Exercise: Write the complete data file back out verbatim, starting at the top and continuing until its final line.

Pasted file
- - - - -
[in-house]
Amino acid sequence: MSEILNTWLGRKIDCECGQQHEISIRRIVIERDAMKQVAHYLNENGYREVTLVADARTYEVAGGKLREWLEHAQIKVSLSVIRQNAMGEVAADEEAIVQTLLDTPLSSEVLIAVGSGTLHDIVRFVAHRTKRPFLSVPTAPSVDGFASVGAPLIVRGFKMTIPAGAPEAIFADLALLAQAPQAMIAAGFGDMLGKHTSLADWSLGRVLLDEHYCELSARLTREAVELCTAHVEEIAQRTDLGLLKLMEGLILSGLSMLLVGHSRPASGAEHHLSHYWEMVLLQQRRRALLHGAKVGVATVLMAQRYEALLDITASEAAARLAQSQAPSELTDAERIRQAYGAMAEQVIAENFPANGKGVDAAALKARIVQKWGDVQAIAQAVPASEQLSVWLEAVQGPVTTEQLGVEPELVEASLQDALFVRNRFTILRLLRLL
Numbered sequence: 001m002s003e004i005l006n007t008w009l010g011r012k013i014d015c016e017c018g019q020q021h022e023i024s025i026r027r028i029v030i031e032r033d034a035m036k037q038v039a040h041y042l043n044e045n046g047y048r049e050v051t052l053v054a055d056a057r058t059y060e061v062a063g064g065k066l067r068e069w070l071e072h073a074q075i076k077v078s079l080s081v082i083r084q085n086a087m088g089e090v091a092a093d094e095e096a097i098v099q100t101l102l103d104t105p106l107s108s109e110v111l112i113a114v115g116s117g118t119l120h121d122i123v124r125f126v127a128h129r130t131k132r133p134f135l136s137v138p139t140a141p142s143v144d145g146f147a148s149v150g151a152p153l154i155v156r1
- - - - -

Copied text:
[in-house]
Amino acid sequence: MSEILNTWLGRKIDCECGQQHEISIRRIVIERDAMKQVAHYLNENGYREVTLVADARTYEVAGGKLREWLEHAQIKVSLSVIRQNAMGEVAADEEAIVQTLLDTPLSSEVLIAVGSGTLHDIVRFVAHRTKRPFLSVPTAPSVDGFASVGAPLIVRGFKMTIPAGAPEAIFADLALLAQAPQAMIAAGFGDMLGKHTSLADWSLGRVLLDEHYCELSARLTREAVELCTAHVEEIAQRTDLGLLKLMEGLILSGLSMLLVGHSRPASGAEHHLSHYWEMVLLQQRRRALLHGAKVGVATVLMAQRYEALLDITASEAAARLAQSQAPSELTDAERIRQAYGAMAEQVIAENFPANGKGVDAAALKARIVQKWGDVQAIAQAVPASEQLSVWLEAVQGPVTTEQLGVEPELVEASLQDALFVRNRFTILRLLRLL
Numbered sequence: 001m002s003e004i005l006n007t008w009l010g011r012k013i014d015c016e017c018g019q020q021h022e023i024s025i026r027r028i029v030i031e032r033d034a035m036k037q038v039a040h041y042l043n044e045n046g047y048r049e050v051t052l053v054a055d056a057r058t059y060e061v062a063g064g065k066l067r068e069w070l071e072h073a074q075i076k077v078s079l080s081v082i083r084q085n086a087m088g089e090v091a092a093d094e095e096a097i098v099q100t101l102l103d104t105p106l107s108s109e110v111l112i113a114v115g116s117g118t119l120h121d122i123v124r125f126v127a128h129r130t131k132r133p134f135l136s137v138p139t140a141p142s143v144d145g146f147a148s149v150g151a152p153l154i155v156r1